Spirit and Opportunity Mark One Martian Year

Sunday, December 11 2005 @ 10:59 pm EST

Contributed by: bobmoody

Spirit and Opportunity, NASA's twin Martian Rovers, are marking their 1-year anniversaries on Mars. But one year on Mars equals nearly 2 Earth years. Both these hearty robots have now exceeded their originally intended 90-sol "warranty" periods by more than 7 times, and yet, both are still going strong!

Talk about SUCCESS! The twin Martian Rovers just may outlive a certain popular rabbit! They just keep going, and going, and going....

NASA's Mars Exploration Rovers are the longest lived planetary surface explorers in history, and they don't appear to be any worse for wear after now completing their first full Martian year on the fourth planet from the Sun. One year on Mars is equal to 687 Earth-days, and since a "day" on Mars (called a 'sol') is 24hr and 40min long, a full year on Mars itself is actually 669 Martian days long. How remarkable their stories are, and how fascinating the photojournals of their travels have been. The total number of pictures returned to Earth from both MER rovers to date are: Opportunity - 61,567 raw images....and Spirit - 71,778 raw images. For anyone who would like to view ALL their images, they can be found by clicking on this link: mars rovers gallery

Or perhaps you'd be more interested in viewing NASA's own slide show of the pair's journey since they landed in January of 2004. This slide show will be slow to view on dial-up modems, but DSL or cable subscribers to the internet will be quite pleased at this amazing set of images and their educational captions. See all that this great site has to offer for yourself at the Mars Exploration Rover homepage. Once there, look for and click on the link for the slide show.

Click READ MORE for maps of the terrain crossed by the MER's, and for the rest of this story.

These maps (above and the three below) show the trek made by Mars Exploration Rovers Spirit and Opportunity respectively from their landing sites to their current locations. Higher resolution maps are available through the "Where are they now?" link in the text.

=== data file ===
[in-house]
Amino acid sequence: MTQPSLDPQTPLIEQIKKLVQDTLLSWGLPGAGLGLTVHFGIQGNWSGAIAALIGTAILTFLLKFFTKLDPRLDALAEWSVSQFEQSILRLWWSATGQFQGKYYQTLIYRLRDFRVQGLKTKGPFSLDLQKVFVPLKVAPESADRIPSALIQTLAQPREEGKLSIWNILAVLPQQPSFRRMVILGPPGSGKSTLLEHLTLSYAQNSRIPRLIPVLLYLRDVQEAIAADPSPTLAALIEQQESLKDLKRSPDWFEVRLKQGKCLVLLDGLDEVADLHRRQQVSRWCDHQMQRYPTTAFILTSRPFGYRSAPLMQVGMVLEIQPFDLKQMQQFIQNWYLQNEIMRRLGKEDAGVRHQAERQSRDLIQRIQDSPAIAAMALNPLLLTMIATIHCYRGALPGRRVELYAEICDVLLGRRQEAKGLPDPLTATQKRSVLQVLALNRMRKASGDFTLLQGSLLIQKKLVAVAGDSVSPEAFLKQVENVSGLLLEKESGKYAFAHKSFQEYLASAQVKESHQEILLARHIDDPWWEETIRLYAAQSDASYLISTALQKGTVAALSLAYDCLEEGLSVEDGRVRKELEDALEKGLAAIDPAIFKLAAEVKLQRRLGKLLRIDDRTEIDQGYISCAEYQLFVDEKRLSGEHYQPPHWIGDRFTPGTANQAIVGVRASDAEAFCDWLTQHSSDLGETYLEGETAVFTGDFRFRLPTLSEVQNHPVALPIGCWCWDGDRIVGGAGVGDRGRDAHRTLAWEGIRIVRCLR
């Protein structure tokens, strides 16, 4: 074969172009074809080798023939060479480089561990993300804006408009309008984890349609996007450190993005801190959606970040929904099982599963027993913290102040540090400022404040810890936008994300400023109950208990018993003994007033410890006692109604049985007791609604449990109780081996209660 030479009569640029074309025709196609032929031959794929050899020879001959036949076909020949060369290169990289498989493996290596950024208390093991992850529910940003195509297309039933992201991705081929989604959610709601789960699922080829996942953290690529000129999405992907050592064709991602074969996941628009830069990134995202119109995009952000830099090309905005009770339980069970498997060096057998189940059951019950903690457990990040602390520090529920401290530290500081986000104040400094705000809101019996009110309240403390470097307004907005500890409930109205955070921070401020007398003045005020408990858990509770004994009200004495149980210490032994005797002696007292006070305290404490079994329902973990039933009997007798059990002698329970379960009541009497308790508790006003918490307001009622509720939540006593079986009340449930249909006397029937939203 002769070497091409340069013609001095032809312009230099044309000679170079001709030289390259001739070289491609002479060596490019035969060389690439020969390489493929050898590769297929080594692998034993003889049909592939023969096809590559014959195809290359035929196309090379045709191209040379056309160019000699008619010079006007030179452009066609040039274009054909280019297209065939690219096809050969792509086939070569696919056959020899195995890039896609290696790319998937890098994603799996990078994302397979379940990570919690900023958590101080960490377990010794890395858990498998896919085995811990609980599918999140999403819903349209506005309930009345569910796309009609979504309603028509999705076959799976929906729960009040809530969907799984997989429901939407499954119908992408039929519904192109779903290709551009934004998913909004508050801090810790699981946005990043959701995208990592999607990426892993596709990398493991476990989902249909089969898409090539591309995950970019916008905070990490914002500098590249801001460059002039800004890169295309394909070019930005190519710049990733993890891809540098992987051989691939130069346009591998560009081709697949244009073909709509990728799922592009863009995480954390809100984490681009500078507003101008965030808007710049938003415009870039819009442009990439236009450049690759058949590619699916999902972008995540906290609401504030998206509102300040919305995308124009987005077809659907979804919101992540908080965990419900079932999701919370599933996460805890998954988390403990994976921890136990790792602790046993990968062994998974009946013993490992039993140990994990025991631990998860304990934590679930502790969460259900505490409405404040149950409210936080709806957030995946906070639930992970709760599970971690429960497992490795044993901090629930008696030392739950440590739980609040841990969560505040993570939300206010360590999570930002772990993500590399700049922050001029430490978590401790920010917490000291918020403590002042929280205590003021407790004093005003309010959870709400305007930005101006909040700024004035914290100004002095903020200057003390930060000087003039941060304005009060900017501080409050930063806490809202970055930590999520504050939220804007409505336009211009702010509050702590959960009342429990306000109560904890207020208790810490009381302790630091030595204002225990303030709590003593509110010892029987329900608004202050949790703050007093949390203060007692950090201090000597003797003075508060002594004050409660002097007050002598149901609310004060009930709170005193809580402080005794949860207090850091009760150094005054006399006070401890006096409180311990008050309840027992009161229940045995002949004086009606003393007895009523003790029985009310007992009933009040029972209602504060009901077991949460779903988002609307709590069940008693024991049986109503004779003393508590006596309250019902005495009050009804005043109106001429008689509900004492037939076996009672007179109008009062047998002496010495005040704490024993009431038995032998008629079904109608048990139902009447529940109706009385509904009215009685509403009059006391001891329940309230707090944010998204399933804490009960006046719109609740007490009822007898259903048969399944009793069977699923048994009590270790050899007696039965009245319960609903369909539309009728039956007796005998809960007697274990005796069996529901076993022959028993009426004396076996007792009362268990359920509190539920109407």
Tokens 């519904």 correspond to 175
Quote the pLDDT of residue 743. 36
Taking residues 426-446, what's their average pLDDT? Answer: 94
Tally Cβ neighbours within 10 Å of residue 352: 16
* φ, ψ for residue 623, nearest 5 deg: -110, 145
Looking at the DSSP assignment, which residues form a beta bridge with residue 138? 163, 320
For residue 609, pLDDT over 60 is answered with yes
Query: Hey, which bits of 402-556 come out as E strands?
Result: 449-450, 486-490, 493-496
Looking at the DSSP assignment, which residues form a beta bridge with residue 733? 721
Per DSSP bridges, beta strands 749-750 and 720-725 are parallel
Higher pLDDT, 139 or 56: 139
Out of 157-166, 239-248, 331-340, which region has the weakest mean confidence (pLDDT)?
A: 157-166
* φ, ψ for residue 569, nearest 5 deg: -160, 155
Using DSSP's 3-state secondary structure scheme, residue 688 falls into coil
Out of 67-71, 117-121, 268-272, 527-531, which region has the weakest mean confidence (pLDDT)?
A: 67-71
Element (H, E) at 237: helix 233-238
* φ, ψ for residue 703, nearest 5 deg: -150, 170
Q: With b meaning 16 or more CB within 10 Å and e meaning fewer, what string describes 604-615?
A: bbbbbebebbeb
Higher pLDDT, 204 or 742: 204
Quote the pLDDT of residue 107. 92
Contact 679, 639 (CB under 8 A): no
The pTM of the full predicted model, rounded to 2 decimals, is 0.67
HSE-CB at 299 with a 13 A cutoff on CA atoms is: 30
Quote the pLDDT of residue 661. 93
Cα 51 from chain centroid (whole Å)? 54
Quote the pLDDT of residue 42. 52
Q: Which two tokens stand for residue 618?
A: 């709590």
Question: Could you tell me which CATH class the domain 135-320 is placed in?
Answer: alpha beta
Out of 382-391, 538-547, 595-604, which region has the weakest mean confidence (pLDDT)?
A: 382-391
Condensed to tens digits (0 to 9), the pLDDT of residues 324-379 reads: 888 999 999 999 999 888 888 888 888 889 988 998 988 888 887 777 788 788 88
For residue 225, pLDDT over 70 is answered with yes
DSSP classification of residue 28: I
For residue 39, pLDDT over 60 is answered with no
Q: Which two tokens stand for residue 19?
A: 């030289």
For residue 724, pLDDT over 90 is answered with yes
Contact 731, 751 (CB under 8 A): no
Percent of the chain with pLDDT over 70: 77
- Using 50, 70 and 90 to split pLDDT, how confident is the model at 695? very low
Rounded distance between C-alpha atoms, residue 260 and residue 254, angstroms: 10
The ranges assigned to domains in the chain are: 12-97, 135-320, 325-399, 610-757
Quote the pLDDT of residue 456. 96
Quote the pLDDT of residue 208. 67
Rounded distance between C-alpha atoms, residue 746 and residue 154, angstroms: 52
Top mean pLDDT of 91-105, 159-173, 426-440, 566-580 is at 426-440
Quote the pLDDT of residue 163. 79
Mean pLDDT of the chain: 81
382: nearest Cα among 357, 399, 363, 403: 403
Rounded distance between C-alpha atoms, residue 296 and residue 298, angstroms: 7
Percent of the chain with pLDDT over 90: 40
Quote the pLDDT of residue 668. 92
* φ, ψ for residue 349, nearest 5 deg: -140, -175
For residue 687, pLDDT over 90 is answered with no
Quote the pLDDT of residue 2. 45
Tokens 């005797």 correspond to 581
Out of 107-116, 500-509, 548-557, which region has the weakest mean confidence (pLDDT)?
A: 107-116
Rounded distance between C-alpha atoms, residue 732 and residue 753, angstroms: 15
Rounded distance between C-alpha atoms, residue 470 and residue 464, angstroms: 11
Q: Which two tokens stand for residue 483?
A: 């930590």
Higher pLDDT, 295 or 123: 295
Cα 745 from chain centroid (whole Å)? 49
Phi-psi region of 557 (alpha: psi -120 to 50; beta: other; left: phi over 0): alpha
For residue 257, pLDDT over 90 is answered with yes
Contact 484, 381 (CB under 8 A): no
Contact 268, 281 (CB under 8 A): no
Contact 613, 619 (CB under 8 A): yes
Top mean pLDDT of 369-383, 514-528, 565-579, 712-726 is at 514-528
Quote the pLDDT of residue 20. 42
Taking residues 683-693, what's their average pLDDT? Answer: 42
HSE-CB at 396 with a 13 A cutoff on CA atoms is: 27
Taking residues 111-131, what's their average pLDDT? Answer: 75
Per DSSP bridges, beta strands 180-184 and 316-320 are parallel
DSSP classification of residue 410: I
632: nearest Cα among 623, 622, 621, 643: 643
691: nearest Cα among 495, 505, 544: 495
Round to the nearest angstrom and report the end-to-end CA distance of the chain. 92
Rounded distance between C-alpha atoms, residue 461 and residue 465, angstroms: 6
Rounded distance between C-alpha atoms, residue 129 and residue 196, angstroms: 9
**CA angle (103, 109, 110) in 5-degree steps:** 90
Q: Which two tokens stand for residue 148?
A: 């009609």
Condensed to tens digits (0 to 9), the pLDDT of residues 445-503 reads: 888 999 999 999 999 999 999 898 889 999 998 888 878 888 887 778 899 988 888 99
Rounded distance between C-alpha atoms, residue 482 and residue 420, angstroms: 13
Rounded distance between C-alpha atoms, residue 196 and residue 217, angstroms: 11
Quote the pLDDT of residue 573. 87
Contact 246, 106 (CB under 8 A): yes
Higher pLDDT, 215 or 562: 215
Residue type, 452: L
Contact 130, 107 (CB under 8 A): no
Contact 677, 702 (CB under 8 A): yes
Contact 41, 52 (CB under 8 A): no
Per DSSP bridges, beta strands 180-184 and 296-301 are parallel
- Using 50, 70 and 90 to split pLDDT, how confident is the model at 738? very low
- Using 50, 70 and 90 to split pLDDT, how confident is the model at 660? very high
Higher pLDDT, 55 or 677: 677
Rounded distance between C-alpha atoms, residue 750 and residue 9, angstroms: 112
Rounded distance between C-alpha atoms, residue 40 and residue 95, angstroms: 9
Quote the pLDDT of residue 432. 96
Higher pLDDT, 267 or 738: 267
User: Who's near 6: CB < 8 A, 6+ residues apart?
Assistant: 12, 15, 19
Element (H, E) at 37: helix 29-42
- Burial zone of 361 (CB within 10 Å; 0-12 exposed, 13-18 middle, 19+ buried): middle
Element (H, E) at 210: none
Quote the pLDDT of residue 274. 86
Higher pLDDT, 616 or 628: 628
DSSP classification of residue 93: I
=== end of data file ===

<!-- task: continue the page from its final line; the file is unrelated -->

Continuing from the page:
These maps are from the Mars Exploration Rovers (MER) home page in the section Where are they now?

Another area of the home page takes you to media information and the "Mars for Press" button. Use this page to find all you need to write about the mission, the hardware, the personnel associated with the project, press release images and documents, and the high-res images that will be needed for reproduction in any articles for yourself. Most importantly, this is also where to find the information needed to properly credit the sources for the images and text associated with the MER missions. Always give proper credit to your sources, and by-the-way, all photos associated with this story are courtesy NASA/JPL/MSSS.

Another very popular button is the "Mars for Kids" section where pure FUN awaits all the young explorers and scientists in your home and family. I can safely guarantee that parents will find so much information you never knew about previously in this section that you'll be just as interested and facinated as your children will be! Who knows, maybe your child will be so inspired by this site that they could become the next American to walk on the Moon, or even the very first American to set foot on Martian soil!

Beyond that, teachers will also benefit from a wealth of information and teaching aids in the "Mars for Educators" section, while their students will benefit from the "Mars for Students" section. Similar sections to these are usually available for most current NASA exploration missions.
Recently, funding for all missions have included some kind of Education and Public Outreach (E/PO) programs associated with the missions when they are funded. NASA recognizes the urgent need for helping the public to better understand the science associated with projects that receive public funds. Of course all NASA programs are funded with our tax dollars. We wind up getting more "bang-for-our-bucks" this way, and NASA benefits from better public support of its missions of exploration .

The NASA Mars Exploration Rover site is a motherlode of information for everyone who visits. With the number of raw images now approaching 150,000 from these two intrepid robots, plus sections for the Press, for Kids, and for Educators and their students, the Mars Exploration Rover mission and its associated E/PO programs through the website are helping everyone on Spaceship Earth to better learn about the 4th rock from the Sun. Yet possibly even more important than that, we're all beginning to understand more about Mars and our solar system in the whole process.

The next time you go out to observe Mars with your telescope, think about this exciting mission, and perhaps from time-to-time, remember these two little "robots that could" which are still churning out more and more information about our red neighbor with every passing day.

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